Eagle Spyder GT reviewed

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The Eagle Spyder GT

The super-fast, lightweight Eagle Spyder GT is the fourth in a range of dream cars inspired by the classic Jaguar E-Type – and it is a thing of sheer beauty, writes Tiff Needell

At a time when the Beatles were still an unknown band performing in a cavern and young girls were fainting at the feet of Elvis Presley as he performed Surrender, the car world was transformed forever by the 1961 launch of the Jaguar E-Type.

The E-Type was the successor to the XK120, 140 and 150 sportscars that had shaped the company’s rise in fortunes throughout the 1950s.

And it wasn’t just Malcolm Sayer’s sensual styling that would make the marque such an iconic design because the construction under that flowing shape was also way ahead of the opposition.

It used the D-Type’s revolutionary monocoque construction, disc brakes, rack and pinion steering, and independent suspension to make it handle better too.

The E-Type may well be on everyone’s list of top 10 cars and if it is your dream to own one, you will need to pay a little more than the £2,097 you could have snapped one up for in 1961.

With production running until 1975 there’s a long range of models to choose from with three series and as many engines, including a 5.3-litre V12.

While a few are advertised for as little as £30,000, prices for sought-after models soon head into six figures and climb over the quarter-million-pound mark for fully restored cars, which is where Eagle E-Types come into the story.

Henry Pearman has had a life-long passion for these cars and set up Eagle in 1984 to care for and restore these remarkable machines at his East Sussex base.

Head to the company’s website and you may be tempted by the four stylish creations designed as a homage to the famous marque, including the new Eagle Spyder GT – a speedster with a roof to put up.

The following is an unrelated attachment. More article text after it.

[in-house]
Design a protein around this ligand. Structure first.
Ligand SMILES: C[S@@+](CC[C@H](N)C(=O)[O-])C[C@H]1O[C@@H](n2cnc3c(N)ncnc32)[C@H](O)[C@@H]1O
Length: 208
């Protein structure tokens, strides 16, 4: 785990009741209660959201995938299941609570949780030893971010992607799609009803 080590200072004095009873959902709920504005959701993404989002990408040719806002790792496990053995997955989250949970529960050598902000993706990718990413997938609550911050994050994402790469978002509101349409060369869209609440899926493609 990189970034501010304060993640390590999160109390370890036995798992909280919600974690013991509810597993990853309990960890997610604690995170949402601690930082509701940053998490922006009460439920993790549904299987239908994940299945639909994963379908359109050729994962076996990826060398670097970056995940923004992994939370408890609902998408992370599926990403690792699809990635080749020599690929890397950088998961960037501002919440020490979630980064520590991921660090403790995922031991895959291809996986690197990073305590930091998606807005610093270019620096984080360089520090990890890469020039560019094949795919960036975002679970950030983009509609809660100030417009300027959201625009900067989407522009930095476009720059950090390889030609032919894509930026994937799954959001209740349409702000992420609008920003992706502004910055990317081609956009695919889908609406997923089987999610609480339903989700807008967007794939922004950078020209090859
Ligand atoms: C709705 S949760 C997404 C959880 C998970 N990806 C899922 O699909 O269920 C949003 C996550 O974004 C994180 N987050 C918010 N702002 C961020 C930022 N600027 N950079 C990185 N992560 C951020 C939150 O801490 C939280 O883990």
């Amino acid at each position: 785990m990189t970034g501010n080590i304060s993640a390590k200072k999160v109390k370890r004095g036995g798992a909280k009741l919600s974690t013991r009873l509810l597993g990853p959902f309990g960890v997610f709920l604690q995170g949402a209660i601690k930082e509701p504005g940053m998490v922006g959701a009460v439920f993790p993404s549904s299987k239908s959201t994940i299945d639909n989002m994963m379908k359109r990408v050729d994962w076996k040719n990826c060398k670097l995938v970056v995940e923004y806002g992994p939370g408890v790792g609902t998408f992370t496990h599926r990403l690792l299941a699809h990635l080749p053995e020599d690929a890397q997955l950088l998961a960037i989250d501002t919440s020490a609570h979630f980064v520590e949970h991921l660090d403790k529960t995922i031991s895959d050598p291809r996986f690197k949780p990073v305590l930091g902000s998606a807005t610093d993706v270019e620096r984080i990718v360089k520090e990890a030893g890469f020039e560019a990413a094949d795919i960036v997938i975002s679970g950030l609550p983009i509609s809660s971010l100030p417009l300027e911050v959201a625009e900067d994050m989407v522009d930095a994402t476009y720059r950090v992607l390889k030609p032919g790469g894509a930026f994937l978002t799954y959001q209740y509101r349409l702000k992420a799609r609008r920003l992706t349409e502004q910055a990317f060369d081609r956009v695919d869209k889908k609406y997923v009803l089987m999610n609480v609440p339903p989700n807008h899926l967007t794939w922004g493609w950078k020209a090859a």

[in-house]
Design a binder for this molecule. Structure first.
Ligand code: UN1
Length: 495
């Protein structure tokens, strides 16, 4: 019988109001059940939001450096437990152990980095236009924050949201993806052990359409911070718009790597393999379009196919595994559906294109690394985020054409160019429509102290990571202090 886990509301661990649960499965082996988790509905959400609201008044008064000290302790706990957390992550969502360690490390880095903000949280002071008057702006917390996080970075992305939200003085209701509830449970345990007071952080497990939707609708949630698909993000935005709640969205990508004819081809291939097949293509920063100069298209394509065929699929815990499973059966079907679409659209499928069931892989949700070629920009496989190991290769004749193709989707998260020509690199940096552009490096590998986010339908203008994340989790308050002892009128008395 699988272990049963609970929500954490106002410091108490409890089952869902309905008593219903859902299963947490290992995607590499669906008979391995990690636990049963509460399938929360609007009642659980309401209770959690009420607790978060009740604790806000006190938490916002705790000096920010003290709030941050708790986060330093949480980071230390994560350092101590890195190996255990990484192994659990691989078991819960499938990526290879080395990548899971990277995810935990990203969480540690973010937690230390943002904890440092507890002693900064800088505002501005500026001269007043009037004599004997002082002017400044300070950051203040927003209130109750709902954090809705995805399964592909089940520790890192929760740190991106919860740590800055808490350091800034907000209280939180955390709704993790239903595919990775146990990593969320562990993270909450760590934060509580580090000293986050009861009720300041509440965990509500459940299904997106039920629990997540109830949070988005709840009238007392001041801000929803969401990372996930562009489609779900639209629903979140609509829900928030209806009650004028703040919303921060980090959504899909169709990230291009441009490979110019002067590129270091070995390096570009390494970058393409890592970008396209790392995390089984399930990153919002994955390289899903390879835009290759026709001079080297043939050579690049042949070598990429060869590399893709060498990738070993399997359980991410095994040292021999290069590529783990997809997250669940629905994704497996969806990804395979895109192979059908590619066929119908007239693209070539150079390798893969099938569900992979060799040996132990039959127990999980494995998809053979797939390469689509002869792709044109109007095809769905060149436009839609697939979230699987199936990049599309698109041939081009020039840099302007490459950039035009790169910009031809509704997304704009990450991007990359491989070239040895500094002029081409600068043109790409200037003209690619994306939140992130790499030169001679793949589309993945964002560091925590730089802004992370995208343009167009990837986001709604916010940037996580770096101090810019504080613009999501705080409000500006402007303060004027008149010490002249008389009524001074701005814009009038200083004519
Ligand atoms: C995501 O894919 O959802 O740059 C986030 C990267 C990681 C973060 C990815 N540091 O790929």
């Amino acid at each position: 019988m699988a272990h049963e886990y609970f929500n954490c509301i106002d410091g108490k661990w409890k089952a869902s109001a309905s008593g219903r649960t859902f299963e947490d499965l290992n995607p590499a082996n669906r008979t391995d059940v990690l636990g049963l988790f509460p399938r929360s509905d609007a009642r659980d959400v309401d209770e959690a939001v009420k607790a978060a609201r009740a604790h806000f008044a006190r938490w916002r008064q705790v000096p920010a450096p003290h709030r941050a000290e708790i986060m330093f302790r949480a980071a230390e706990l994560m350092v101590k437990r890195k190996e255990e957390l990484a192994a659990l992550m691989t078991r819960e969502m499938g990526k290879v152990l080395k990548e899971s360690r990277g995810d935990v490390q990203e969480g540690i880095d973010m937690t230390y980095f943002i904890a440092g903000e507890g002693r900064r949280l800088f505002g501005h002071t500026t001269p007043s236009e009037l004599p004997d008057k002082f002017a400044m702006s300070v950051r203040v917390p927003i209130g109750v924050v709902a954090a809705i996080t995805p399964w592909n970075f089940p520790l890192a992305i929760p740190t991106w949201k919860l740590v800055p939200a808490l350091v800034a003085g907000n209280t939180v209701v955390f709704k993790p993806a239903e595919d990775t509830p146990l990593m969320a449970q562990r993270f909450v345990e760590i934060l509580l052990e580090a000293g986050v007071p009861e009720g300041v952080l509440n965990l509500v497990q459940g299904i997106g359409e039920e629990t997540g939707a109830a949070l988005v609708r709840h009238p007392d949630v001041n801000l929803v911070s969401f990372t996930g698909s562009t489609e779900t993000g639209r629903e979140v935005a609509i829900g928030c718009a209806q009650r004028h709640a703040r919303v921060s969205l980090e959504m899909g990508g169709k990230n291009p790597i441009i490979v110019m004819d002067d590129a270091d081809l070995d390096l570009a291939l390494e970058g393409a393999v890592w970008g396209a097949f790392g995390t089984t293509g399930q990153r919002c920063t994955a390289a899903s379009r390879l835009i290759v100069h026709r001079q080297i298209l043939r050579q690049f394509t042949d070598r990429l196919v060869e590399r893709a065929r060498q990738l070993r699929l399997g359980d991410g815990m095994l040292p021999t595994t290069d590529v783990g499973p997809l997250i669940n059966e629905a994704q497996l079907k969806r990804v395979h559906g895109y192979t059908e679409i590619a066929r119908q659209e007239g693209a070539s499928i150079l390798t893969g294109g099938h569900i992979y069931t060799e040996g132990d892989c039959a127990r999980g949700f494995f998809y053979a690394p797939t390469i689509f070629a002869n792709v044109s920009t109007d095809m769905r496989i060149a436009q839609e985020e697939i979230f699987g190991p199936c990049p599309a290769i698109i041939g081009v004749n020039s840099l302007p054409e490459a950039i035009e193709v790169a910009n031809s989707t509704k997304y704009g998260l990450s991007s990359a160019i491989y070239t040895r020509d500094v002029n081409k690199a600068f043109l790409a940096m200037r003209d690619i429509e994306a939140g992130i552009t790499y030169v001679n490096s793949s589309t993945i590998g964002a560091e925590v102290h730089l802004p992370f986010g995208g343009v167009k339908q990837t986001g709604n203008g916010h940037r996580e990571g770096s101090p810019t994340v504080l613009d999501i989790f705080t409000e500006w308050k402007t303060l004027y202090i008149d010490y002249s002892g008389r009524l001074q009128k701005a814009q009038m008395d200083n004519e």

The generous owner of the only one made so far allowed me half a day to drive his opalescent silver-blue creation – thankfully complete with a dark blue hood, because it did rain on my parade. But whatever the weather, this is a car that’s as exciting to drive as it is to view.

Fitted with a 4.7-litre aluminium block development of the famous 3.8 and 4.2 straight six engines, this lightweight model has 335bhp to play with and, thanks to its aluminium monocoque, cased gearbox and bodywork, it weighs only just a fraction over a tonne.

With a smooth manual gearbox, the Eagle Spyder GT is not only beautiful to look at, it’s stunning to drive too. It typifies everything that the modern world eschews, leaving you in total control and, with modern suspension, handles better than any E-Type has before.

As my test drive ended the rain abated and I was able to drop the roof and hear more clearly the joyous sound that emits from the twin exhausts behind.

Running the famous SU carburettors, the car pops and bangs on the over-run as excess fuel is burned off, then roars its approval when your right foot returns to the throttle. Every gear change is a delight, every mile what real driving is all about. I think I need to buy some Lottery tickets!

eaglegb.com

Eagle Spyder GT

Top speed 171mph
Acceleration 0-62mph in 4.9 seconds

Engine 4.7 litre petrol generating 335bhp
Gearbox five-speed manual

Economy Who cares!
Price £834,000

Performance 8/10
Handling 8/10

Economy 5/10
Comfort 8/10

Quality 10/10
Desirability 10/10

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About author

Tiff Needell

Tiff Needell

Tiff Needell is a former Grand Prix driver who spent most of his professional career racing in the World Sportscar Championship including 14 Le Mans 24 Hour races where he had a best result of third in 1990. He is however perhaps better known as a former presenter of Top Gear throughout the nineties and then helped to create ‘Fifth Gear’ which enters its 14th year in 2015. Tiff recently wrote his autobiography Tiff Gear, is Director magazine’s columnist, races whenever the opportunity arises and has now rejoined Clarkson, co-presenting at Top Gear Live.

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